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Yearning for Higher Estimates Can Only Mean Trouble

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By Lowell L. Kalapa

Now that the Council on Revenues has dropped the other shoe with a THUD, elected officials are scrambling to find ways to further trim state costs. As for the administration, it is not a matter of how to further downsize state spending as much as wishing it could find other revenues.

That has led the Governor to challenge the estimates made by the constitutionally mandated Council on Revenues. Actually this could have been expected, for despite all the rhetoric and the theater about state spending cuts in the past two years, lawmakers, as well as administration officials, have only nibbled around the edges of the state budget. When one thinks of cutting spending, one would believe that the number of dollars being spent has been reduced from the number that was spent the previous year.

Well, that is not exactly what lawmakers did in the past few years. Instead of reducing the number of dollars, all they did was to lessen the percentage growth in state spending. Thus, the number of dollars did not go down from the previous biennium, rather the percentage growth slowed.

How did they do this and still have a substantial surplus at the end of the last fiscal year? Well, one slight of hand was the taking of dollars from a number of special funds. While in most cases this strategy is justifiable given many of these special funds were created with general fund dollars in the later 1980’s and early 1990’s as a way to hide the huge general fund surplus, there were other taking of special funds that should not have occurred. For example, this past year the administration took $19 million out of the highway fund, call that amount “surplus” to the needs of the highway program.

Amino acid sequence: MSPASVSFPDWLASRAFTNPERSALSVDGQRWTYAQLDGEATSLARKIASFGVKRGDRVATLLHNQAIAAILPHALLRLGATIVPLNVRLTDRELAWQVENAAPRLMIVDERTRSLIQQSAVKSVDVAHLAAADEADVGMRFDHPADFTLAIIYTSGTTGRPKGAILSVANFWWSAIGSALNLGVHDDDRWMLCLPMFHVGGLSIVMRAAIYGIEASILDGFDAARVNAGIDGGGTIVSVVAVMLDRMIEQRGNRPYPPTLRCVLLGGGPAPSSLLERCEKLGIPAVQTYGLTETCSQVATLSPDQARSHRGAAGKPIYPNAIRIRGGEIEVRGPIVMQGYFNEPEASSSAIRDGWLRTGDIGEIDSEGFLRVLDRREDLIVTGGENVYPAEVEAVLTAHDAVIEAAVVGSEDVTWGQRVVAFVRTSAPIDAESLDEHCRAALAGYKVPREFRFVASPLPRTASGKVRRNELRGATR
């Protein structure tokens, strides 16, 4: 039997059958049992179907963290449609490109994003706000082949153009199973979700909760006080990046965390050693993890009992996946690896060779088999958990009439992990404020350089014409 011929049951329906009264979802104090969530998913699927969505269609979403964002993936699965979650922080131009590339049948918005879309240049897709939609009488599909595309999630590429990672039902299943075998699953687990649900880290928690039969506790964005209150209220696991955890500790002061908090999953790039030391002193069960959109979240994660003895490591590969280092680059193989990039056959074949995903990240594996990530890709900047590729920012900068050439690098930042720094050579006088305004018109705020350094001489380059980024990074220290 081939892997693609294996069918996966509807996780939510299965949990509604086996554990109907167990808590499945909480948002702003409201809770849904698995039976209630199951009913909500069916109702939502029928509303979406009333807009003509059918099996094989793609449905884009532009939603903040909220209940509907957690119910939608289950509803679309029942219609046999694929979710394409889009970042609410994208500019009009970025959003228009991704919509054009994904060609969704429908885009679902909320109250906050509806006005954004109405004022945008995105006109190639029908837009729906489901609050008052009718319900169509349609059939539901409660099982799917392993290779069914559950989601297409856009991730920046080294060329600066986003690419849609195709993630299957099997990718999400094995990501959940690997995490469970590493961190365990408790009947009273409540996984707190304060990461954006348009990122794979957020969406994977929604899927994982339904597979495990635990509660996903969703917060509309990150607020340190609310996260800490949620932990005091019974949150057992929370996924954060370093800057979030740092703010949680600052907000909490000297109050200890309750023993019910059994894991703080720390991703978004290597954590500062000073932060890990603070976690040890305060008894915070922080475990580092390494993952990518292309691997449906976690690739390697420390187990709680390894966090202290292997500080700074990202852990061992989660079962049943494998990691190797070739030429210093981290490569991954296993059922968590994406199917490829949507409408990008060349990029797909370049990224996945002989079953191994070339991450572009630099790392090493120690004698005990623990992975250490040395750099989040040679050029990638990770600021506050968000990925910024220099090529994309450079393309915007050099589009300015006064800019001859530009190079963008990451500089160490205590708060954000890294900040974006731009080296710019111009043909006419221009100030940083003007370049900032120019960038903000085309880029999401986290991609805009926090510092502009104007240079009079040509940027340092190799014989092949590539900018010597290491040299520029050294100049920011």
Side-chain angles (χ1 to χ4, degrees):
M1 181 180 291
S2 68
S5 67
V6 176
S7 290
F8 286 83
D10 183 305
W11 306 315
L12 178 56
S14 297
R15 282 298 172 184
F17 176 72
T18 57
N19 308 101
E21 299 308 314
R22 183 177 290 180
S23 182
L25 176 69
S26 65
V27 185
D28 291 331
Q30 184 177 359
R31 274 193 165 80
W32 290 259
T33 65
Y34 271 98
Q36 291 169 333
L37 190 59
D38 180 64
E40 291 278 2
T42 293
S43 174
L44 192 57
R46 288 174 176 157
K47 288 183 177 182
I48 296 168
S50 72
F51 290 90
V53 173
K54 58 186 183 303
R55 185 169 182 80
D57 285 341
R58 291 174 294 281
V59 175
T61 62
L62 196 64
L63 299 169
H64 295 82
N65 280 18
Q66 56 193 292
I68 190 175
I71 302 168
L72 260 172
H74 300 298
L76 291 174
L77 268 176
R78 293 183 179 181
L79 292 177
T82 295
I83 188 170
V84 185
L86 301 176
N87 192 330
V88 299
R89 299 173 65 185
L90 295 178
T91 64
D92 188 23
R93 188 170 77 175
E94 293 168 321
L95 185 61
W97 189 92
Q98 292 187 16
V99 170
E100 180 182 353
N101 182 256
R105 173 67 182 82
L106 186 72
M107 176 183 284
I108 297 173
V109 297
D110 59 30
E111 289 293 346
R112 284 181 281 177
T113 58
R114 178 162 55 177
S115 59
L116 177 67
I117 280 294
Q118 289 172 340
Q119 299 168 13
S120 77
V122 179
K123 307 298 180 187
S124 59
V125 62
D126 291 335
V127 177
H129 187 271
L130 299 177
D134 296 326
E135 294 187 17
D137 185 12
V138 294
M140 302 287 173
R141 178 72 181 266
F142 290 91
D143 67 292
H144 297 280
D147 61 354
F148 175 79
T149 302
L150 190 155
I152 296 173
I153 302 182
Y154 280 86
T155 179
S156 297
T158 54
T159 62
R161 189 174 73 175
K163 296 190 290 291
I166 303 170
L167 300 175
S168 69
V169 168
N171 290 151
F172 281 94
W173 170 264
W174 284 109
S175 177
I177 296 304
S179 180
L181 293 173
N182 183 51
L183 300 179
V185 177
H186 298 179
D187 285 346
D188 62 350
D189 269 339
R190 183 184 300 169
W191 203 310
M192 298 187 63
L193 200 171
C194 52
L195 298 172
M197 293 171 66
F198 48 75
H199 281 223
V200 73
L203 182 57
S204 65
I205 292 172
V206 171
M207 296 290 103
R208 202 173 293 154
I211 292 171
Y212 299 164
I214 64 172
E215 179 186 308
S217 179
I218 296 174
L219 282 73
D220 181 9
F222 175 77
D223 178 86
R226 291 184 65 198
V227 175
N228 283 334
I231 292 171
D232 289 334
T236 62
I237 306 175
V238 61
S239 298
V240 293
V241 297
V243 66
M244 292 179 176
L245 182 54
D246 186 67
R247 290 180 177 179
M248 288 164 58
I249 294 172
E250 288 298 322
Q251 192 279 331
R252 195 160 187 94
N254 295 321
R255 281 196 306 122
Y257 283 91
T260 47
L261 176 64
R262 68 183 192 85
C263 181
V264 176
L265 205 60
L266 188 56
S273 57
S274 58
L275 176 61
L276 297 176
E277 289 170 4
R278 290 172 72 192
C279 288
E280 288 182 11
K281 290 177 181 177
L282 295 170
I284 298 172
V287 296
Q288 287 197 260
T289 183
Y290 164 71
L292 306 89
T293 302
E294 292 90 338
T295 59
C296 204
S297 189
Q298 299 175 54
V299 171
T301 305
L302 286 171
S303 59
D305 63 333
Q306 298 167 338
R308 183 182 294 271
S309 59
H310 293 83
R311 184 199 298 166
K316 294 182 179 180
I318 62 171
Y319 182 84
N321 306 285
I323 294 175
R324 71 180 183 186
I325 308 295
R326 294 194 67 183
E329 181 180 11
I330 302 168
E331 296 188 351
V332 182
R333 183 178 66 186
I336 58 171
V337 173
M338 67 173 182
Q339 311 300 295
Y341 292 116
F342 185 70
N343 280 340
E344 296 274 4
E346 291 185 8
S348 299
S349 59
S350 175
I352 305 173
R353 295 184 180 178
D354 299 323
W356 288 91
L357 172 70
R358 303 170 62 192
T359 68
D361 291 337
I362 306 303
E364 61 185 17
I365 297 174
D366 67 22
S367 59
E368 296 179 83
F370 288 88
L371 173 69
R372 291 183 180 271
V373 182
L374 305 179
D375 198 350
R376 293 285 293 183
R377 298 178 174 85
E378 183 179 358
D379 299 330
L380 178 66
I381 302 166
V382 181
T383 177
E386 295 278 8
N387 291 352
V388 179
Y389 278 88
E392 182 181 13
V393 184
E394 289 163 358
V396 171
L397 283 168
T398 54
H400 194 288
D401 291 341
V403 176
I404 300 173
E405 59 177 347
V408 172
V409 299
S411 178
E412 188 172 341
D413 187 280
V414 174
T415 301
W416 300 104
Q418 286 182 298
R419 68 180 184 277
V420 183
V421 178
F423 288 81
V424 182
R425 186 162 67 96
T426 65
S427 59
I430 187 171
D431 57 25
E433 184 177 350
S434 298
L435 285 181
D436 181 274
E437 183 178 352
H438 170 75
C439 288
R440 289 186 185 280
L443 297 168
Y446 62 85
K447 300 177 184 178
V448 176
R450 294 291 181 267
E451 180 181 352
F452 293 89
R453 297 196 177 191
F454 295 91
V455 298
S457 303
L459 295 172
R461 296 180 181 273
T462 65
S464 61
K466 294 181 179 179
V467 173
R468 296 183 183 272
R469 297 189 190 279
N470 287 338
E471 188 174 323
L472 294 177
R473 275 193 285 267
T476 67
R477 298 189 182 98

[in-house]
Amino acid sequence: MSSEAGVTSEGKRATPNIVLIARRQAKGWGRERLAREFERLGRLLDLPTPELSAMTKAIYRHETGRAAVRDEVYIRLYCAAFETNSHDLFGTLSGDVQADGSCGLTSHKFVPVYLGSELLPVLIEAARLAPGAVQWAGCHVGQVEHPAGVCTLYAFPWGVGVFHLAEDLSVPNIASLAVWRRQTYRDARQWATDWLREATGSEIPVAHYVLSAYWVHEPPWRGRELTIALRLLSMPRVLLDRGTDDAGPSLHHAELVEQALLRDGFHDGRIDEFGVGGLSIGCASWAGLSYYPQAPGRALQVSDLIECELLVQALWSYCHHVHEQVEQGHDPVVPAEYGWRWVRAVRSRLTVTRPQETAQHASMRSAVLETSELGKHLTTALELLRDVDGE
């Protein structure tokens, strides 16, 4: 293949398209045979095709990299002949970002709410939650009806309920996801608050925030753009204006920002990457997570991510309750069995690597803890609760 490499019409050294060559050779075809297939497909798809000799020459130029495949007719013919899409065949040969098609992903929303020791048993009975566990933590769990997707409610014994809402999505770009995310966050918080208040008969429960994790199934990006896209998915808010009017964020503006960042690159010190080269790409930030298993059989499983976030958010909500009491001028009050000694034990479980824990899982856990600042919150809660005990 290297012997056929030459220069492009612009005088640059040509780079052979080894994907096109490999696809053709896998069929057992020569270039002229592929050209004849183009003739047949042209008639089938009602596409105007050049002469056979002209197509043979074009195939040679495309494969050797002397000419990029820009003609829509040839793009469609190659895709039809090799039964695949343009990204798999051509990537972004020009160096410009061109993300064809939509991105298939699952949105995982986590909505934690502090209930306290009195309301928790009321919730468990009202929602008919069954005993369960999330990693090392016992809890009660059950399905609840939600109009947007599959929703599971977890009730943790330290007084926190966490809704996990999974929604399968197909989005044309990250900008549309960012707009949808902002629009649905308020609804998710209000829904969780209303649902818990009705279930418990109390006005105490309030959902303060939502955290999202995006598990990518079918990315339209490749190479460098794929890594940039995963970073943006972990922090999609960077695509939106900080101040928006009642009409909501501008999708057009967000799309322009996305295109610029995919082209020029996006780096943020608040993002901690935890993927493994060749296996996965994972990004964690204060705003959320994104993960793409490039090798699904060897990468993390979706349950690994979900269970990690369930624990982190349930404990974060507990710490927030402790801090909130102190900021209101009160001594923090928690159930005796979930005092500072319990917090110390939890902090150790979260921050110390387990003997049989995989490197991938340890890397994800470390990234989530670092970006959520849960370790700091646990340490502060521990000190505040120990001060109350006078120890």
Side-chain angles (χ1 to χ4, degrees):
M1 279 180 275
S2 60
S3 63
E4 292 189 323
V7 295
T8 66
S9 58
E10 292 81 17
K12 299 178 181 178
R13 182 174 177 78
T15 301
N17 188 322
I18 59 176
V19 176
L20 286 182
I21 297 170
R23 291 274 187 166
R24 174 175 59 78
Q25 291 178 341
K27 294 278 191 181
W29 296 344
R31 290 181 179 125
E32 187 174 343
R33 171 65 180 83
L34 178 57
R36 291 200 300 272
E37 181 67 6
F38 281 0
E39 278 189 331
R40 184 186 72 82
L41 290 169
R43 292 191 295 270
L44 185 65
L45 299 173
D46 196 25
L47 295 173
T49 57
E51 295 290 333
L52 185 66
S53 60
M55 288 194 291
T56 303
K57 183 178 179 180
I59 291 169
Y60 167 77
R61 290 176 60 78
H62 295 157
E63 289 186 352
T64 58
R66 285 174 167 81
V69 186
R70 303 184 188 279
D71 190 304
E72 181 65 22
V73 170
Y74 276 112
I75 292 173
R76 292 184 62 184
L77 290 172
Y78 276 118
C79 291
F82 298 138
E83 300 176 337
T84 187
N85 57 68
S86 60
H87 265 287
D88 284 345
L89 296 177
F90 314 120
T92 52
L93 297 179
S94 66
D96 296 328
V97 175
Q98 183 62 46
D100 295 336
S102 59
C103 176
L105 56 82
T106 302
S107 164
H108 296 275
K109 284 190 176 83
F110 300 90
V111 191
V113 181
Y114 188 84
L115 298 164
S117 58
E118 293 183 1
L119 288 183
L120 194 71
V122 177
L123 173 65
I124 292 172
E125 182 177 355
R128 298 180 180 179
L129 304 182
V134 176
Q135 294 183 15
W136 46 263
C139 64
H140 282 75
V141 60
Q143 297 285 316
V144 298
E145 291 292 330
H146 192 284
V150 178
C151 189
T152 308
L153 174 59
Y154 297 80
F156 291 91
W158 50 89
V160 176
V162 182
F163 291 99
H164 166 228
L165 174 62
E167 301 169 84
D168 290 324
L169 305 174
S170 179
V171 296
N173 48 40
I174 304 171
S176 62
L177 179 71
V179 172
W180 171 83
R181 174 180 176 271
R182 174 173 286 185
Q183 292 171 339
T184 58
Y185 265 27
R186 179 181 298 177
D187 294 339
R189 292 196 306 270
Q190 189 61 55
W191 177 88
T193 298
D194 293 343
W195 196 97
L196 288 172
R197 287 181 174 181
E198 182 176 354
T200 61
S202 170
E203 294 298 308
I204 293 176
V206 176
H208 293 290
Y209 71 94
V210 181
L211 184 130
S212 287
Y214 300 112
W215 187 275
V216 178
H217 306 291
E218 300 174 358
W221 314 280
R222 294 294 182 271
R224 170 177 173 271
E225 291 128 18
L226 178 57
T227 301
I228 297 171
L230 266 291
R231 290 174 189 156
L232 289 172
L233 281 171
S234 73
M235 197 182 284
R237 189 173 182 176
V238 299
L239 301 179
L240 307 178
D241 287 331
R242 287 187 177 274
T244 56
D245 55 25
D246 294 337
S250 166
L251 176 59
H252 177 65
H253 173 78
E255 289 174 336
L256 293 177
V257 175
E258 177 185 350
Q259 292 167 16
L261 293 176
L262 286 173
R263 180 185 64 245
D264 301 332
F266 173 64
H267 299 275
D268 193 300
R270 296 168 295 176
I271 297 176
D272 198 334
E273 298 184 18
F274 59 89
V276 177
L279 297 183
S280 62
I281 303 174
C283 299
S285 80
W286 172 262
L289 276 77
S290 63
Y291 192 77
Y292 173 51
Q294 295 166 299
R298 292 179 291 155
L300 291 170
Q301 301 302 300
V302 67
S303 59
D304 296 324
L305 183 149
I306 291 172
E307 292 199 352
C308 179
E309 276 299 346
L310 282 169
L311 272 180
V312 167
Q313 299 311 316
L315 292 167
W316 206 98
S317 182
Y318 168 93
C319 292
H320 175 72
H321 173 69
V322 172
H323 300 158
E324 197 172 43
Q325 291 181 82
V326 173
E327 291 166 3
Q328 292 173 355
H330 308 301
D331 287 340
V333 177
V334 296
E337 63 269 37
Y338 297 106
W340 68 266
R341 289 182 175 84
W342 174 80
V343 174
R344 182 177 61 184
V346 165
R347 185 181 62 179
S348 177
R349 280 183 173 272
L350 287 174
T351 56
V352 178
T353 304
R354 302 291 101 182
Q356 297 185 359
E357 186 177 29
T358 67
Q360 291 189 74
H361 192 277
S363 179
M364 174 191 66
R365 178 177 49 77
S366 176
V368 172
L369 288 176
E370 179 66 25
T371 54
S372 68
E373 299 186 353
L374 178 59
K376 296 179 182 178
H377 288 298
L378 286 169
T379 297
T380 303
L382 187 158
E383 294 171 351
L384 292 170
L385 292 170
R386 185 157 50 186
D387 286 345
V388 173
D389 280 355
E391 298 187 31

While that may have seemed like a pretty smart thing to do in order to balance the budget, it merely allowed administration officials and lawmakers to evade dealing with the real problem of an oversized budget that this economy cannot support. It allowed them to avoid the nasty task of laying off public employees and closing down programs. And administration officials are back again this year asking for another $22 million out of the highway fund to further put off having to deal with the spending problem.

Another way officials have found around having to truly down size state government has been to generate new revenue. Note well, that the term tax is not being used. And indeed the attitude is one of pride that many departments have imposed new and higher fees and user charges for the “public services” they provide. For example, the director of the department of commerce and consumer affairs proudly announced that near 80% of her operation was being paid out of user fees and charges.

While it sounds great that “those who are getting special benefits or special services” from public agencies are paying for that service, let’s be honest with ourselves here! Those services used to be paid for by taxes we all paid in the past. So, those tax dollars were shifted to some other program while those who are regulated by the department are paying higher fees for that regulation. New moneys? Well, isn’t that the same thing as raising taxes?

So they raise fees, uh…taxes, uh…fees so that money that use to pay for that department is now paying for some other program so those people don’t have to be laid off, government can continue to be just as large as ever.

So instead of crawling back into their world of make-believe, elected officials should recognize the reality of the situation, that the roaring economy of the late 1980’s just is not going to come back and that it is about time that a sincere effort be make to reshape government into a size that we as taxpayers can afford.

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